In the past, to succeed in a claim based upon a hostile work environment, an employee suing an employer for discrimination had to prove that harassment was “severe and pervasive.”  Under any stretch of the imagination, this was a touch standard to satisfy in a Court of law.  An unwanted sexual attack or repeated discriminatory comments made over a period of months to an employee based on their protected class would be obvious examples of severe acts sufficient to satisfy this old standard.  In this regard, the key to the Court’s initial inquiry was the pervasive nature of the harassment, such as continually making lewd comments or frequently touching the employee in a sexual way over a period of time. More specifically, comments in the workplace had to rise to a certain level of severity rather than consist of occasional teasing, jokes or isolated discriminatory comments. Unless employees could provide supportable evidence that rose to that relatively high level of proof, their claim would be dismissed early on in the litigation process.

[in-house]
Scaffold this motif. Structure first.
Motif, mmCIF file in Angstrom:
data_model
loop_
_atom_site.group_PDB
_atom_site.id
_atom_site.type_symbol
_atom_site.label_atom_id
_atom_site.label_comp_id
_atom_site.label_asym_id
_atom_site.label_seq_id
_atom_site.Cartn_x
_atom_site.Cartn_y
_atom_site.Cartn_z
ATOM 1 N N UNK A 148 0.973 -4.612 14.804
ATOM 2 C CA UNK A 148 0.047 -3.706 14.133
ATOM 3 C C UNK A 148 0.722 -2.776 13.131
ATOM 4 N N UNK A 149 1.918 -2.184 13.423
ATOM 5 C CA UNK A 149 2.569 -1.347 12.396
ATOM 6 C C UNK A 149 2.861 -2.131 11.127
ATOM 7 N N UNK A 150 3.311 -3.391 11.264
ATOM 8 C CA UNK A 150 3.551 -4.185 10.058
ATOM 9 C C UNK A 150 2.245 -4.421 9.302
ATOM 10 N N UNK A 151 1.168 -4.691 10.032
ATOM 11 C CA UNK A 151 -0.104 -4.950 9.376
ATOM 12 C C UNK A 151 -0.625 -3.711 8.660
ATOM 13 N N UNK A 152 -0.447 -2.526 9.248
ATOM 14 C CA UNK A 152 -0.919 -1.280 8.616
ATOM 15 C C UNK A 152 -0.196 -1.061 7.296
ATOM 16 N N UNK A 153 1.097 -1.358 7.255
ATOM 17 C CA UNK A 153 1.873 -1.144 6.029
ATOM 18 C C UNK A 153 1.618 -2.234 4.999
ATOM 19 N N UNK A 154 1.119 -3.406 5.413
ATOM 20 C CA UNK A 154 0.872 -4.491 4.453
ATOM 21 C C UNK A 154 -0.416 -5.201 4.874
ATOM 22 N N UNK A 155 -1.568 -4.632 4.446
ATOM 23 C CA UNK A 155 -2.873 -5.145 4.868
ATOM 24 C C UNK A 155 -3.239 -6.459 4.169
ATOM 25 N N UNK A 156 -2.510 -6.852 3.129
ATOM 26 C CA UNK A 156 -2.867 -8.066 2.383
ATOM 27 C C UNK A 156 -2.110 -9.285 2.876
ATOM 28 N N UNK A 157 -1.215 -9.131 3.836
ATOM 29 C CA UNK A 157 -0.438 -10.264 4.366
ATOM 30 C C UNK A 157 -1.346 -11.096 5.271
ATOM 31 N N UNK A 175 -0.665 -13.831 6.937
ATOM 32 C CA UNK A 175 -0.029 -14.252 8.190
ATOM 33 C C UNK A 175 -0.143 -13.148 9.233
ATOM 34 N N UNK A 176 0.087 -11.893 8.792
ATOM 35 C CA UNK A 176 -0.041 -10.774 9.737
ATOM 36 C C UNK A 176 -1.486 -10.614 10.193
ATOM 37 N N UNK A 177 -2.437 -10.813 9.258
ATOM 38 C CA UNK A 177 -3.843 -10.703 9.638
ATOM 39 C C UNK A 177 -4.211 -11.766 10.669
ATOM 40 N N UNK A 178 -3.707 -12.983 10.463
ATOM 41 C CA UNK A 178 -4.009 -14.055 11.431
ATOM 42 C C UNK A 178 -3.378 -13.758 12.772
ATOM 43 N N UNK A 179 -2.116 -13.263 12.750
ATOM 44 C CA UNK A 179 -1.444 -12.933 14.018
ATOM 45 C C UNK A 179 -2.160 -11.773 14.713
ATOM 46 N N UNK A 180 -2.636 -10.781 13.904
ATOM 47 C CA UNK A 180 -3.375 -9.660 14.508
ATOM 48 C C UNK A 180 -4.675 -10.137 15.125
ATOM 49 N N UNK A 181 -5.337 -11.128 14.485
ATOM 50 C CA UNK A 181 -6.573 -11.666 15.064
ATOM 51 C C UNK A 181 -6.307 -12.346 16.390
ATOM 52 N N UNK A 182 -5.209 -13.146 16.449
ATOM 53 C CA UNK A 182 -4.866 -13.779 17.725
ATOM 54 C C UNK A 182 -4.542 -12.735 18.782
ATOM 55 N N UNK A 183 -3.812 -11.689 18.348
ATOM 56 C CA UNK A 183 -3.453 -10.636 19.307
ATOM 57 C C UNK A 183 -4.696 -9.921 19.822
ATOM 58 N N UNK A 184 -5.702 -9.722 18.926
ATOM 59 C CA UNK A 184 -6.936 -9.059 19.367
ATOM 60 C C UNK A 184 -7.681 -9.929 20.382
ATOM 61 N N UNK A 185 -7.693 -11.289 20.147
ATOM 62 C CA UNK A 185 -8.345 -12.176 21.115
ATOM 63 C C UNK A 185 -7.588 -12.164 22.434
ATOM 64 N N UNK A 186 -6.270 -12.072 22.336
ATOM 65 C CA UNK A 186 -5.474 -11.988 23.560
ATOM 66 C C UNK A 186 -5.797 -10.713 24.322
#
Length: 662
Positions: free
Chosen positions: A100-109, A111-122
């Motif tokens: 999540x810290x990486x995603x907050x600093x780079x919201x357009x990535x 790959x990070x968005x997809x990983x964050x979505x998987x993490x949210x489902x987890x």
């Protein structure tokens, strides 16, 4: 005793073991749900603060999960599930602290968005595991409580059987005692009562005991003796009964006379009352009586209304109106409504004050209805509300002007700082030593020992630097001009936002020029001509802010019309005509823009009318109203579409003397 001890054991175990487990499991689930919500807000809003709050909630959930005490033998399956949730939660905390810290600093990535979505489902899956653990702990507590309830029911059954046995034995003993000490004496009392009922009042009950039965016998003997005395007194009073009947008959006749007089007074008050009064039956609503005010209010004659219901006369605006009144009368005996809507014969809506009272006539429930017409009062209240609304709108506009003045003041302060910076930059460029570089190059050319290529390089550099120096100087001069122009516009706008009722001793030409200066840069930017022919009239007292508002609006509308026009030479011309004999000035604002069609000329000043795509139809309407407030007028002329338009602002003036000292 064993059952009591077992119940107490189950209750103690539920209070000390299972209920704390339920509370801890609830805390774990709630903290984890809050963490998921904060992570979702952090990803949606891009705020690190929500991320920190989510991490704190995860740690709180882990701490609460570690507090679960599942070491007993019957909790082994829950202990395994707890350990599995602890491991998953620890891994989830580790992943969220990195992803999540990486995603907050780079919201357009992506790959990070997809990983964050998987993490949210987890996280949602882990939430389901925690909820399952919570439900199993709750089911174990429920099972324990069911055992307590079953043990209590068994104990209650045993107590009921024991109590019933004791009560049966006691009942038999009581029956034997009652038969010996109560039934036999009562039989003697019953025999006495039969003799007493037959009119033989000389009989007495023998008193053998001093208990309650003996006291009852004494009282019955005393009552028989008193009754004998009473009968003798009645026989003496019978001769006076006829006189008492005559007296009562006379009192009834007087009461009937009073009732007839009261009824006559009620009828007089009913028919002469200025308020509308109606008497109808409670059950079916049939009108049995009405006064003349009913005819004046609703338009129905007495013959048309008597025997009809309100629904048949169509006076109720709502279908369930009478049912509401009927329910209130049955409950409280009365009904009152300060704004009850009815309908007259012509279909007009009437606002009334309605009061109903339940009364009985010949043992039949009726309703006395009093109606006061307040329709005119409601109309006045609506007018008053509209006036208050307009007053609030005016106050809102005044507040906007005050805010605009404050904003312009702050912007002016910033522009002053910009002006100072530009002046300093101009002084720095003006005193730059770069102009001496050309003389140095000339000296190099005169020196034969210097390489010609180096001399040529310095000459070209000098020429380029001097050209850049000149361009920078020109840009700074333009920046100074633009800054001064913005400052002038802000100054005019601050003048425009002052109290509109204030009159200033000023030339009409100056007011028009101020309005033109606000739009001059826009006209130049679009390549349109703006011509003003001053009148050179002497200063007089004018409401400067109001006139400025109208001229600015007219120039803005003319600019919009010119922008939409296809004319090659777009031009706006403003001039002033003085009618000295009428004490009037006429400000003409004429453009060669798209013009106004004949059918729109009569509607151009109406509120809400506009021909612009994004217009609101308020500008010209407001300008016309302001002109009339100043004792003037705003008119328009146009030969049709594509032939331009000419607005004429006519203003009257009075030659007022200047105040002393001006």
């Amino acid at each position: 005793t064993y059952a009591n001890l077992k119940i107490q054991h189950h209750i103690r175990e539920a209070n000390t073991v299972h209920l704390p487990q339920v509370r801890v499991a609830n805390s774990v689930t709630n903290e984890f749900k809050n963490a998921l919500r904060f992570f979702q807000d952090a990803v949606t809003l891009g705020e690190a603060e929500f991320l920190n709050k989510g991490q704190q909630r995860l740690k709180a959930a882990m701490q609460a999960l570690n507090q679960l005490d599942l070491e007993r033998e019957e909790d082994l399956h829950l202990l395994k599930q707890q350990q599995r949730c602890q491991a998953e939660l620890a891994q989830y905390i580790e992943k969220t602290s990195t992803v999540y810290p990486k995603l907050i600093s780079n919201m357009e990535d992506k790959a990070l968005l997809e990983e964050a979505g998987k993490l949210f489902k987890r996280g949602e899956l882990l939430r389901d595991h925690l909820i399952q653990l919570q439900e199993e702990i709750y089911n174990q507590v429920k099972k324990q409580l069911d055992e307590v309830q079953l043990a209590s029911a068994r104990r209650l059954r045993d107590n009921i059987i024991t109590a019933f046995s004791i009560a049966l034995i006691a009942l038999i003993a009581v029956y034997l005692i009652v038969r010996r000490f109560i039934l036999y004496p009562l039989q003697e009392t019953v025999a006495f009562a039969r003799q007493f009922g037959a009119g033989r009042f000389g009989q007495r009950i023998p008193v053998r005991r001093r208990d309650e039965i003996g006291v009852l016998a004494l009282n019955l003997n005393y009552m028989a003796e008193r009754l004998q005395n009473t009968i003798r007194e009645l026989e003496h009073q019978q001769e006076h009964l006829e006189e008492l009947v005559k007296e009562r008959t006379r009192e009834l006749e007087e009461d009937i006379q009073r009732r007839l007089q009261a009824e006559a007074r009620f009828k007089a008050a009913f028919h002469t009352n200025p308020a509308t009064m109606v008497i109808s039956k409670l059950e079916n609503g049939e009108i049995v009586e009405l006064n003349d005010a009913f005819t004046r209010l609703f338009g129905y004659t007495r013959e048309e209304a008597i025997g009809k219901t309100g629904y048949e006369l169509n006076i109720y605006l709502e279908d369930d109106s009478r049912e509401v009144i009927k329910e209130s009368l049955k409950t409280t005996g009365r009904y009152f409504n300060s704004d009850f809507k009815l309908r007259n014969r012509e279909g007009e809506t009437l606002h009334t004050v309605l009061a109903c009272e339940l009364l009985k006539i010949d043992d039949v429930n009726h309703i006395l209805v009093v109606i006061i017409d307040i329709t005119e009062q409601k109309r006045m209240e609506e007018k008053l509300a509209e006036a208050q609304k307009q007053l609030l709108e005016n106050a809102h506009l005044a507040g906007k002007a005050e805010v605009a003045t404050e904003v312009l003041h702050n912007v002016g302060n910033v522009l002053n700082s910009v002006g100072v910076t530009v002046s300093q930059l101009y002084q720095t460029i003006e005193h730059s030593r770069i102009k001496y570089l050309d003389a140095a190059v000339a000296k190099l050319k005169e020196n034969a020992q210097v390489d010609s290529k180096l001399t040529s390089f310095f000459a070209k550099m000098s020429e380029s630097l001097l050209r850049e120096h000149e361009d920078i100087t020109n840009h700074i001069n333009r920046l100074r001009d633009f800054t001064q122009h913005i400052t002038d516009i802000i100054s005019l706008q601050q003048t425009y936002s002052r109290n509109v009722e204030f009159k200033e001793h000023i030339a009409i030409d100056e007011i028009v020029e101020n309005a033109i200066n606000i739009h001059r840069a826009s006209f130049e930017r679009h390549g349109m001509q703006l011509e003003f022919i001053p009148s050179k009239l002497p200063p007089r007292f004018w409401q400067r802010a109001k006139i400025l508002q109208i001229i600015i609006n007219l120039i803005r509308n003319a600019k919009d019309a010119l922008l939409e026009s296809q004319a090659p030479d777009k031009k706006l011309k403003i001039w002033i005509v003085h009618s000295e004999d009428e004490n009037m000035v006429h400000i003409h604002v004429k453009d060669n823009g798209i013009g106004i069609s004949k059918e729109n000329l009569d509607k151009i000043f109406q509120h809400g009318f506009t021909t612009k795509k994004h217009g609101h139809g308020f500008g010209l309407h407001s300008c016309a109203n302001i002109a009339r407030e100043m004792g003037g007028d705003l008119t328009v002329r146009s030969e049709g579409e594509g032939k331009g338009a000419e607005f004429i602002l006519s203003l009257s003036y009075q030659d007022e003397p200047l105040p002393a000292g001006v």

II.                The New Standard – Petty Slights and Trivial Inconveniences